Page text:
The entire time I lived in Montreal, I observed a simple but sacred rule: When the F1’s in town, I’m not. It wasn’t the race itself that made me flee to Quebec City or to a campground in Charlevoix; it was the people who attended the thing—and, more specifically, their compulsion to take over the city with their Merit Badges of Midlife Crisis. Needless to say, I didn’t mourn the F1’s disappearance from Montreal’s summer calendar.
Now, as if the F1, with its boorish fans and its creepy executives, could get any more obnoxious, a report in yesterday’s La Presse says it’s angling for a sweetheart deal from the federal government to help cushion its return to Montreal. Bernie Ecclestone, Formula One’s head honcho, has already secured a cool $75 million (over five years) from the provincial and municipal governments, but he’s now after written assurances from Revenue Canada he won’t have to pay any income tax on the cash. Ecclestone cryptically laid his cards out on the table last week, saying, “When I come back from Japan next week, I’m going to need final answers to all of our questions. If I don’t have them, there won’t be a grand prix in Montreal.”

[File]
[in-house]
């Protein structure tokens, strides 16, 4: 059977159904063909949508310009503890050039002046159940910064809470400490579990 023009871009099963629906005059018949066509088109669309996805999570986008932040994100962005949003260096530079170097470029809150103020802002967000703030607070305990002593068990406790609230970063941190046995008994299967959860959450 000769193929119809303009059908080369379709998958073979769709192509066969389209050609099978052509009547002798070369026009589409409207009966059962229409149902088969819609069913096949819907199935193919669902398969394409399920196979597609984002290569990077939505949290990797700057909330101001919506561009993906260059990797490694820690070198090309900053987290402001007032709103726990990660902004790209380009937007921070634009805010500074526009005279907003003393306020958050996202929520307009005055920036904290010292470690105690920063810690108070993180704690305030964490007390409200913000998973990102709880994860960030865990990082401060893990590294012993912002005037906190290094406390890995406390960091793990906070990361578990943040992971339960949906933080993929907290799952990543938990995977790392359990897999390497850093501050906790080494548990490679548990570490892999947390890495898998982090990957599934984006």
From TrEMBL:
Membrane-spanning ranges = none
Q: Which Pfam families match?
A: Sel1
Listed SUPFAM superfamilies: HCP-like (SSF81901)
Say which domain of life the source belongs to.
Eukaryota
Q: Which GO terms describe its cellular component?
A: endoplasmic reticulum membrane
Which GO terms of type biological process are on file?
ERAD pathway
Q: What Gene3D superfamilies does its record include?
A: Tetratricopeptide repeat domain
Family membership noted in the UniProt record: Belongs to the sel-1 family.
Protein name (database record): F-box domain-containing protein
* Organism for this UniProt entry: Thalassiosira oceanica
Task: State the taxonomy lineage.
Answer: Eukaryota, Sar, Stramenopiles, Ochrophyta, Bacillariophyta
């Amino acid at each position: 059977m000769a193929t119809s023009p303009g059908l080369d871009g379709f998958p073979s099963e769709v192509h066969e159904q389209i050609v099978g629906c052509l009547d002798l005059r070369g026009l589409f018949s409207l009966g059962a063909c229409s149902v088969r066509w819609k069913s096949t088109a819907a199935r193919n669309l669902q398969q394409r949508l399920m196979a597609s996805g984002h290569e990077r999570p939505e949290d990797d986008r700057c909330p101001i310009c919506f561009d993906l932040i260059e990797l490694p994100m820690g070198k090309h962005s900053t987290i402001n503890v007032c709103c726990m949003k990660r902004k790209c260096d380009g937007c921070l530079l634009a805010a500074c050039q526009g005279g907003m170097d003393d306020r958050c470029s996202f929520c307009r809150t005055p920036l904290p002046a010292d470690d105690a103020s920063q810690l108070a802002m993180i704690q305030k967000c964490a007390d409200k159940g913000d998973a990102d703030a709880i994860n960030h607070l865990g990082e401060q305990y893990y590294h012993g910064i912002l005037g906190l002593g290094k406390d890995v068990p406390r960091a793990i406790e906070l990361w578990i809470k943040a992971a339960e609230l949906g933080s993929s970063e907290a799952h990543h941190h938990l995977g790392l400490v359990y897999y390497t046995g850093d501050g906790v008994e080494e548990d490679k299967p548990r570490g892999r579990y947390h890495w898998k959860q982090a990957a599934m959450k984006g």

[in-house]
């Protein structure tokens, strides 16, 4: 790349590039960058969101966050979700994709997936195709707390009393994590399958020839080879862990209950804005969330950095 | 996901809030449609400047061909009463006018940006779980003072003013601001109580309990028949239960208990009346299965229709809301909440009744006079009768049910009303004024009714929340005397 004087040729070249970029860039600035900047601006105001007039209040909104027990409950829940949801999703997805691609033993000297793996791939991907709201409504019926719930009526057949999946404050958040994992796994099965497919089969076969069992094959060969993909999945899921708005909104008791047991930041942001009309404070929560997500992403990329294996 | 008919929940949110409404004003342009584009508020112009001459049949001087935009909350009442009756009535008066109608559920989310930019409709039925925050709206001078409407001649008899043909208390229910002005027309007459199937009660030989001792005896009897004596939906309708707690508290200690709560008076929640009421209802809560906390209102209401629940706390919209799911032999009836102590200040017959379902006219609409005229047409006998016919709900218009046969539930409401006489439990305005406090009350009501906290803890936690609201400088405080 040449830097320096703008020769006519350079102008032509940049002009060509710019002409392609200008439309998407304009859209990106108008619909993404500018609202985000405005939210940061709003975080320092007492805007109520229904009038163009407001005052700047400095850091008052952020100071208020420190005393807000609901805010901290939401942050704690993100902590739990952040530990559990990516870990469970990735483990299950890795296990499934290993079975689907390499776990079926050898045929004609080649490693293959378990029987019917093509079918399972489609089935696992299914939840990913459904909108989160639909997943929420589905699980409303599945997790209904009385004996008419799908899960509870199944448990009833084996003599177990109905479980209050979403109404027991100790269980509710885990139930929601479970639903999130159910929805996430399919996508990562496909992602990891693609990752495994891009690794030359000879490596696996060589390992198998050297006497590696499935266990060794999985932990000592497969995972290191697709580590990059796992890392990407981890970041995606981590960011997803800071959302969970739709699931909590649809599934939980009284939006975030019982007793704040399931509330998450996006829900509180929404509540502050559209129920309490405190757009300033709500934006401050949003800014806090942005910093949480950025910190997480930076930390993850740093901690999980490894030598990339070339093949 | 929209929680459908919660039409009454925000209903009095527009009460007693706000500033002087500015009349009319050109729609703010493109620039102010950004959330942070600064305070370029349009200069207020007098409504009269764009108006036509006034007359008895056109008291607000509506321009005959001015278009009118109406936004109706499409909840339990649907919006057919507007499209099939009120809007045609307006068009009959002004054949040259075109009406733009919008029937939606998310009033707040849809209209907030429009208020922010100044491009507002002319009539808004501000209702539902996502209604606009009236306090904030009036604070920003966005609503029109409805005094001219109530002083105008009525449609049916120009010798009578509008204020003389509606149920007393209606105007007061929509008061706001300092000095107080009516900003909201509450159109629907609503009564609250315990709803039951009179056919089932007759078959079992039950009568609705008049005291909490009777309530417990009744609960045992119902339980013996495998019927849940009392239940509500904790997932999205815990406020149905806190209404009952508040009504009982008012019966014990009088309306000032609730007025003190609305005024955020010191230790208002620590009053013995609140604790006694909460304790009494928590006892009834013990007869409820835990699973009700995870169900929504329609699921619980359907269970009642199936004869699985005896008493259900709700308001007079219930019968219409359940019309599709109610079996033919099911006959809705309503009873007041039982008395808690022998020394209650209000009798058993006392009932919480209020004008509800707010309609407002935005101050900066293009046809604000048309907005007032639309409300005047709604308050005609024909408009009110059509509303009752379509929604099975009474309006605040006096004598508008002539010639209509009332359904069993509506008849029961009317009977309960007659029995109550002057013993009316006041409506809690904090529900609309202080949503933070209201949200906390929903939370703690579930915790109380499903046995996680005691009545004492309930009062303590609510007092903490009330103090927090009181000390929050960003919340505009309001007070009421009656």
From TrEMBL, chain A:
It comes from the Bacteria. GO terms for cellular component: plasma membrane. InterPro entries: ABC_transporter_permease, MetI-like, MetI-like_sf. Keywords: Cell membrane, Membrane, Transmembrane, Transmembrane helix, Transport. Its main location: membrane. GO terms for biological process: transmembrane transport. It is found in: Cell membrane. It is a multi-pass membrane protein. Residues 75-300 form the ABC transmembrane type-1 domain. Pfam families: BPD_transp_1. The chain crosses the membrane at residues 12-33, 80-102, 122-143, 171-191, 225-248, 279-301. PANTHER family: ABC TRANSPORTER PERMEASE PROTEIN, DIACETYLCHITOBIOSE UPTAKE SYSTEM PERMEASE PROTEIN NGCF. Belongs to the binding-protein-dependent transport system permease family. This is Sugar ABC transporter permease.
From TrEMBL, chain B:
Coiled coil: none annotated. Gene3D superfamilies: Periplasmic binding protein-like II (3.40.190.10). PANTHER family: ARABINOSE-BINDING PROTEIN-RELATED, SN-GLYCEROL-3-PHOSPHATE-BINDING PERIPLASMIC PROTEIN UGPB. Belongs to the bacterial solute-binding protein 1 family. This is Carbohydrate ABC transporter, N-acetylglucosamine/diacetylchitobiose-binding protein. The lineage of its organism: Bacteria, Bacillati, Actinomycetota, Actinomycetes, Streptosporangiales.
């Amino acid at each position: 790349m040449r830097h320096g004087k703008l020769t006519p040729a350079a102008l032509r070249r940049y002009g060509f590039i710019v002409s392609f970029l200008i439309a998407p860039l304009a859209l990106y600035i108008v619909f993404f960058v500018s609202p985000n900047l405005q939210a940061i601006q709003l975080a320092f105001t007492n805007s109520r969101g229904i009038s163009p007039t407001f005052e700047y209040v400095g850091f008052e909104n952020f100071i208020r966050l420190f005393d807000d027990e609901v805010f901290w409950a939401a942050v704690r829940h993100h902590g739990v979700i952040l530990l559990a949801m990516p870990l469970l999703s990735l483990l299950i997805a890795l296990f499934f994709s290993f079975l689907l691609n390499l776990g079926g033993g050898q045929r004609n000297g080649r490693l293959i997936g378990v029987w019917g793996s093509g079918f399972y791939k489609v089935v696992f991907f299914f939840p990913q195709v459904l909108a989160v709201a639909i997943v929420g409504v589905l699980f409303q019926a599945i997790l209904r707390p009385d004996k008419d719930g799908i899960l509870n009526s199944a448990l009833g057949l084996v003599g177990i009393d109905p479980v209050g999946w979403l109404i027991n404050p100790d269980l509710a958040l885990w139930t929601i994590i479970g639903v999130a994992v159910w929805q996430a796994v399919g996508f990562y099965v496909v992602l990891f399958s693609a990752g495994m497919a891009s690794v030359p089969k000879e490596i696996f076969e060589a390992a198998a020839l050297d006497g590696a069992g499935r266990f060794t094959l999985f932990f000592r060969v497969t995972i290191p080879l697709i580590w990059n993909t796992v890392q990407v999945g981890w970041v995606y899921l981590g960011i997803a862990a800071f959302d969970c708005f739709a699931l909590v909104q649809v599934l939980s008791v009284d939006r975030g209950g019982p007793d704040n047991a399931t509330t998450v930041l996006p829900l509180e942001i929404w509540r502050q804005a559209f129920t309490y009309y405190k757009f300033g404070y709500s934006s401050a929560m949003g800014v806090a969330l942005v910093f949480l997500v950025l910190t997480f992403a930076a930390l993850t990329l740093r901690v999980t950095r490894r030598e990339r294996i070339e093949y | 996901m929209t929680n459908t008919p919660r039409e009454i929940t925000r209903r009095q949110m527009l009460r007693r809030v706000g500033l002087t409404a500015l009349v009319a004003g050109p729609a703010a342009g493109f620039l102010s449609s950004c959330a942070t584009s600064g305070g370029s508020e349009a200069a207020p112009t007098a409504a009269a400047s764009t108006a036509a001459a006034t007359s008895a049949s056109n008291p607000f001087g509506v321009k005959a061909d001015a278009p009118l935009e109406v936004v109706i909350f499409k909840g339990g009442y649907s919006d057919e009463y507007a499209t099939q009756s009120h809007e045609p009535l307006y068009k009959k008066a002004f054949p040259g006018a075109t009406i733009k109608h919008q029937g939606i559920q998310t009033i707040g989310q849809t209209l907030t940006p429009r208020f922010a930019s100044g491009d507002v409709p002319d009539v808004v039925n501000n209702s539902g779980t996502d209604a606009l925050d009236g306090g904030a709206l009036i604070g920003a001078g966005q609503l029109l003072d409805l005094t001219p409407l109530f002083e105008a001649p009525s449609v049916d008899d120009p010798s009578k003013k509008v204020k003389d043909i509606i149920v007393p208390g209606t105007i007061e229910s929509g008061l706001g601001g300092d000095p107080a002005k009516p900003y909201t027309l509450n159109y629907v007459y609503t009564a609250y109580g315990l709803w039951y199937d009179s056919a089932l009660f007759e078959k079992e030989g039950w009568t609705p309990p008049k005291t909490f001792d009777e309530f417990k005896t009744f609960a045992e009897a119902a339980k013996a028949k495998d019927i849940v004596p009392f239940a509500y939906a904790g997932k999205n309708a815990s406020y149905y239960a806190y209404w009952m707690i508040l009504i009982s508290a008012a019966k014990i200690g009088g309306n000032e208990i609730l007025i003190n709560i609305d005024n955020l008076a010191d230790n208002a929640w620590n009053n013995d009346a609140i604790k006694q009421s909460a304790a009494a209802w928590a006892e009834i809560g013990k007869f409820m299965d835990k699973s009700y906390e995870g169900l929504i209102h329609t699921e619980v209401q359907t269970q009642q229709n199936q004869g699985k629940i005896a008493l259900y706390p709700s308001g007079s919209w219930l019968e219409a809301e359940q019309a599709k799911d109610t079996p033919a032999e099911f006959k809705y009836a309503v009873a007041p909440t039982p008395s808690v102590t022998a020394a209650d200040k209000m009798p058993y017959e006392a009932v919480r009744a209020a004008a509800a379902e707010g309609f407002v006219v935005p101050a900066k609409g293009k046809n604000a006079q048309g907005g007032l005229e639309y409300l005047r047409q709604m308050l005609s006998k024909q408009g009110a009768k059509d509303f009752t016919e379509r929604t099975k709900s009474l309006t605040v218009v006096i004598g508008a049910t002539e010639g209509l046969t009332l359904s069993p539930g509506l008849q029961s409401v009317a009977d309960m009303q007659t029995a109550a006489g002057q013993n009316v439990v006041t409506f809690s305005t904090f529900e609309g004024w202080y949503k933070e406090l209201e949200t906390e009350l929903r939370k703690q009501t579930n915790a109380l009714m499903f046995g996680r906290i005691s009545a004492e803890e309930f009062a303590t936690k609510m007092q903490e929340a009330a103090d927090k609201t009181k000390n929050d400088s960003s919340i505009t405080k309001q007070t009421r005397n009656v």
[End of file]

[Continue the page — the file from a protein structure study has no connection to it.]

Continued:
So, if I’ve got this right, the billionaire owner of a racing franchise that appeals to showy millionaires is threatening Ottawa in order to avoid paying taxes on allocations from cash-strapped local governments. (Meanwhile, students pay taxes on scholarships. Go figure.) I’m trying to suppress my inner class warrior here—I really am. But I’ll be damned if I can understand why anyone wants this race badly enough they’re willing to bend over to make it happen.